Stop The High And Low Blood Sugar Roller Coaster
“You could live a normal life.” Those were the words that 15-year-old Steve Edelman kept hearing from the nurses when he was hospitalized following his type 1 diabetes diagnosis in 1970. He wondered why they kept repeating this to him.
As a patient and a physician who treats people with diabetes, Dr. Edelman understands the challenges faced by the nearly 26 million Americans with the disease. He founded Taking Control of Your Diabetes (TCOYD), a nonprofit organization that holds conferences featuring programs and resources to help educate and empower people with diabetes.“I started to get worried,” recalls Dr. Edelman, an endocrinologist and clinical professor of medicine at the University of California San Diego School of Medicine. “But it soon became clear that I’d have to learn to control my diabetes if I wanted to live a healthy, full life.”
Dr. Edelman notes that it is especially important for patients to overcome the fear factor. “Some of the biggest barriers I’ve observed that prevent people from controlling their diabetes are emotional ones,” says Dr. Edelman. Fear, misconceptions and depression can be powerful derailers of proper care. While people are afraid of complications, many also fear what they’ll find when they really examine their diabetes. Dr. Edelman says that it’s not uncommon for people to equate blood sugar levels with their own self-worth. These attitudes can sometimes lead patients to “forget” to get their lab tests or to bring their log books or meters to their doctor for review.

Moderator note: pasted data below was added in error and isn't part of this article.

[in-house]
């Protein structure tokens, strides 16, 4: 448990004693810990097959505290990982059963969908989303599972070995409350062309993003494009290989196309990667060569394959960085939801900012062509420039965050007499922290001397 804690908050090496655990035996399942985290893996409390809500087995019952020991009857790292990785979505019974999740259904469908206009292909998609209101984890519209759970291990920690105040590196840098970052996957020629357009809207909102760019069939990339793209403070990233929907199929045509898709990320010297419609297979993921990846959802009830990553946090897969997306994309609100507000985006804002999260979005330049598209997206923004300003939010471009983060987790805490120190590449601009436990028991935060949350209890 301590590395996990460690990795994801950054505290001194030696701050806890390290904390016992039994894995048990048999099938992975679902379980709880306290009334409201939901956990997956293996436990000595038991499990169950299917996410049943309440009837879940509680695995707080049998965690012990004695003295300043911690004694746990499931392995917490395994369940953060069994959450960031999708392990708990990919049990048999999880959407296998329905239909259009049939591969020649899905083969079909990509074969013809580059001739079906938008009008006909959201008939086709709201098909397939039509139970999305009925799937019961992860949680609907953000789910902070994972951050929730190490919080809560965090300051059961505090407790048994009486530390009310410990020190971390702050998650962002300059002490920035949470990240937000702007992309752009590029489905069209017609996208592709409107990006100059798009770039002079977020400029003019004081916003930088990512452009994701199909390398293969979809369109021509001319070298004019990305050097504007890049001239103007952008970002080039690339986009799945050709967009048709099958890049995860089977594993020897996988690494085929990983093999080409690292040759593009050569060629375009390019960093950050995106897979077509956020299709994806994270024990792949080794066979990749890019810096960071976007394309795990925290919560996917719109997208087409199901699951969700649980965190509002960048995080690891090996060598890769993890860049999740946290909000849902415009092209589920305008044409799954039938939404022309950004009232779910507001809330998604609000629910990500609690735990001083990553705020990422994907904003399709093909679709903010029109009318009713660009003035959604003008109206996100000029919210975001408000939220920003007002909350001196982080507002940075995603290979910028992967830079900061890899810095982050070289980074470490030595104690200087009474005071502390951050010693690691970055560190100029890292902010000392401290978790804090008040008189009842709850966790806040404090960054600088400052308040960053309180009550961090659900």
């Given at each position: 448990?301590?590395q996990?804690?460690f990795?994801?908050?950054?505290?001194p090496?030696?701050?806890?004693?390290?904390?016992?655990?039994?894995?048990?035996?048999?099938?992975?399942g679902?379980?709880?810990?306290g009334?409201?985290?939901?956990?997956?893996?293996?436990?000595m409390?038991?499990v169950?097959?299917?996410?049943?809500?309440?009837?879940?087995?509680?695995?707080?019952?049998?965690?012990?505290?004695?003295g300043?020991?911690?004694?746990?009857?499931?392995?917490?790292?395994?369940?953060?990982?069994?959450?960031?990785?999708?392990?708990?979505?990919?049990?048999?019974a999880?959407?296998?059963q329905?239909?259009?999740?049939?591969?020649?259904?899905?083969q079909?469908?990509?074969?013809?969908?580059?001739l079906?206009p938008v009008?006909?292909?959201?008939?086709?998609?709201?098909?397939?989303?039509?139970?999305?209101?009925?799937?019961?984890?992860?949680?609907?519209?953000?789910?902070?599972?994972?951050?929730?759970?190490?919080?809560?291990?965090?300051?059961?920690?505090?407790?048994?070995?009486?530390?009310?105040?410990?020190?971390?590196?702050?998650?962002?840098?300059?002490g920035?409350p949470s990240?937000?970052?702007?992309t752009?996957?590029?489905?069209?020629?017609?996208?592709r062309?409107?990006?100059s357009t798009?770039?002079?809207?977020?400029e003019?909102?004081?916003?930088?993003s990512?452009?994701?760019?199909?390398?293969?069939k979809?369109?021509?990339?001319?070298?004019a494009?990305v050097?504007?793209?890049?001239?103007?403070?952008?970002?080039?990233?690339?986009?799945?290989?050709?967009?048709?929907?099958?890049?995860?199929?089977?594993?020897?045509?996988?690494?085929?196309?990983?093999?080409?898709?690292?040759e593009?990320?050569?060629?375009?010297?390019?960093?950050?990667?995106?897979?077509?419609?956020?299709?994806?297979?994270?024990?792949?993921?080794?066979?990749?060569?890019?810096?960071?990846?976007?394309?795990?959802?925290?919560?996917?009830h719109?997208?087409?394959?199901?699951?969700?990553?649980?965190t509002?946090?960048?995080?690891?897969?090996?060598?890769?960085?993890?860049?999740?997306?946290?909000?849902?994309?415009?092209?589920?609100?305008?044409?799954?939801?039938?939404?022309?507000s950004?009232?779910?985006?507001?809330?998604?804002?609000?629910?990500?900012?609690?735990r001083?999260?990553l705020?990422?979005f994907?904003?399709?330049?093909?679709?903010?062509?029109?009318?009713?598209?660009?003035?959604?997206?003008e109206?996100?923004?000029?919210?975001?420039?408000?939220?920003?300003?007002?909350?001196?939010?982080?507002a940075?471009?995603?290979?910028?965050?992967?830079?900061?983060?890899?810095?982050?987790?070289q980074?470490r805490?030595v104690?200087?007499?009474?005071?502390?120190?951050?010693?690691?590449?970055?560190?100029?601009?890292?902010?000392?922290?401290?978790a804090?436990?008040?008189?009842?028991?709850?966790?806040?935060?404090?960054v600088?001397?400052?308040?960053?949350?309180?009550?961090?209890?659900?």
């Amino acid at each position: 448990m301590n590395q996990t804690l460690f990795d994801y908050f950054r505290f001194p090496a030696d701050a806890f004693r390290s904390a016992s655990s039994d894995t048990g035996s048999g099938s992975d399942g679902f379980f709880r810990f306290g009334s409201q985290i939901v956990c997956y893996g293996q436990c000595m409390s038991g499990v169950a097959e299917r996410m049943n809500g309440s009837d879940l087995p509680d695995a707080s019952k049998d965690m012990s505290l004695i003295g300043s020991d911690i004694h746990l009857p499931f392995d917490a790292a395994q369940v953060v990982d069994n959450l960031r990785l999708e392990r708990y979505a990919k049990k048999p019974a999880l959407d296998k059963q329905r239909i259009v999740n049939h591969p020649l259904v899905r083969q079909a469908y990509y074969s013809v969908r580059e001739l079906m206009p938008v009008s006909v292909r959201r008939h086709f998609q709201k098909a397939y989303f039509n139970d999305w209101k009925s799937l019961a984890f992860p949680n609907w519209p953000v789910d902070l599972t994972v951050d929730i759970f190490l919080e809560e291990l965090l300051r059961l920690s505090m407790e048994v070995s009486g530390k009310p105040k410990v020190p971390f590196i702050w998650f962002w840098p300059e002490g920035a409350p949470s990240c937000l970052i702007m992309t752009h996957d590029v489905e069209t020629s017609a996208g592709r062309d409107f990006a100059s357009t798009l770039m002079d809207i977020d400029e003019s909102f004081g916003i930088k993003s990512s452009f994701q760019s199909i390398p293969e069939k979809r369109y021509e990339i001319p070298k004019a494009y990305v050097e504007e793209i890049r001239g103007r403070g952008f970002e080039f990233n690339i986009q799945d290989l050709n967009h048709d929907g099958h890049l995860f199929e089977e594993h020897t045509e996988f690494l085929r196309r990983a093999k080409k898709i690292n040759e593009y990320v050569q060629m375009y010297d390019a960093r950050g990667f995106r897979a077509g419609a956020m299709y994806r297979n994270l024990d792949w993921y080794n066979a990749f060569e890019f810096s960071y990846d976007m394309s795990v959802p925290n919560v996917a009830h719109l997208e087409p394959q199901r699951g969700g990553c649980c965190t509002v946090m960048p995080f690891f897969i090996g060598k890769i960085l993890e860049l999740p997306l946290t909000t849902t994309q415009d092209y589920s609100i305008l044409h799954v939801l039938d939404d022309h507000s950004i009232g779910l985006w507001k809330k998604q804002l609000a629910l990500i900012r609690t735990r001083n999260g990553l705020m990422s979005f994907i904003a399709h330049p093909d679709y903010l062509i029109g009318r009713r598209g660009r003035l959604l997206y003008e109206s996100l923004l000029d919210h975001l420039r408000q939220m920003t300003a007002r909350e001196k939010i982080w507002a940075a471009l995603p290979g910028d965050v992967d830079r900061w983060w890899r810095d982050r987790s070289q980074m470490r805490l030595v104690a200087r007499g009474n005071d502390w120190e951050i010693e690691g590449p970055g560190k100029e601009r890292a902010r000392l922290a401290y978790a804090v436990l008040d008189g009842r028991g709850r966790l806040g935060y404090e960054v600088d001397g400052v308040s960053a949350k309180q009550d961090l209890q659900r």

Dr. Edelman also emphasizes that regular blood glucose testing is a critical part of good diabetes management. Testing provides key insights that allow patients and their health care providers to adjust treatment as necessary and to see how food choices, activity and many other factors affect blood sugar levels throughout the day.
When treating highs and lows, it’s important to be proactive in looking for root causes in order to take steps to prevent them in the future. “Otherwise, if people just treat them in the moment and move on, they can get on a roller coaster of reacting to patterns of highs and lows over and over again without even realizing they may be connected,” he says.
Fortunately, advances in blood glucose monitoring technology are making this easier. The OneTouch VerioIQ Meter with PatternAlert Technology is the first meter to find patterns of high and low blood sugar and provide alerts right on the screen. With every test, the meter compares the current result with previous results and alerts the patient when it finds a pattern. This enables the patient and their health care professional to more easily recognize the issue and take action to correct potential problems.
“This is particularly important for people taking insulin because they have the greatest risk of experiencing low blood sugar which can be dangerous,” explains Dr. Edelman. “So identifying and correcting a developing pattern of low blood sugars as early as possible is key.”
Dr. Edelman offers other suggestions for successful diabetes management. He advises patients to talk to their doctor about diet and exercise. He also recommends taking notes between visits about any concerns patients may have, and he encourages talking about other factors, such as stress, that could affect blood sugar levels.
“Managing diabetes is a marathon, not a sprint,” says Dr. Edelman. “Get educated, take advantage of the latest tools, and never give up hope because it’s never too late to take control of your diabetes.”
For information about TCOYD, visit tcoyd.org.